I’ve been thinking about Thornton Wilder and how he came to Our Town.

An earlier work, recommended to me by my friend and teacher, Robert Ackerman, offers some hints…

The Long Christmas Dinner, in one act, is fun to read (30 pages) and would be a treat in the theater for both actors and audience. Consider the stage direction:

The setting is a formal dining room on Christmas day. A long dining room table is placed at the edge of the stage. The audience is, metaphorically, sitting across the Christmas table from the actors. 

At the left is a portal, a threshold representing birth, decorated with greenery and flowers. At the right is another portal, a threshold representing death, covered in black bunting.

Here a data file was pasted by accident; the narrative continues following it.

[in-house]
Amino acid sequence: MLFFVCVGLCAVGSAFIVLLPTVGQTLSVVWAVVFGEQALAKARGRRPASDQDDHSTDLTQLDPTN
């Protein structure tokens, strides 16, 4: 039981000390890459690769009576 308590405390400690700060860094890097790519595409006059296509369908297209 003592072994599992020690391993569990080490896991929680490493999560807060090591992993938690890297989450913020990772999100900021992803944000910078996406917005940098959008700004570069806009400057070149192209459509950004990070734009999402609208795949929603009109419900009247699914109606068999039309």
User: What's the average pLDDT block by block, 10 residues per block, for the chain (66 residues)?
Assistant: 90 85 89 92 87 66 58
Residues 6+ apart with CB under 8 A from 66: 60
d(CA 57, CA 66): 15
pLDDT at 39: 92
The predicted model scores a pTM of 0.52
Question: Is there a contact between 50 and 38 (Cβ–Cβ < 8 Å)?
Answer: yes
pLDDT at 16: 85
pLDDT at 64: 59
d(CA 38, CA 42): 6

During the single act, actors enter through the doorway of birth, age at the table (donning white wigs at the right time without fanfare), and exit through the doorway of death.

Here they come. Off they go. We see ninety years of the Bayard family pass in only thirty pages.

In The Long Christmas Dinner, Wilder realized that the meaning of life can be more clearly appreciated when life flashes before our eyes. In legend, that happens to each of us as we face death. Wilder offers near-death wisdom while there is still time to change.

(Our independent, community production of Our Town is tentatively scheduled for the last weekend of June 2008.)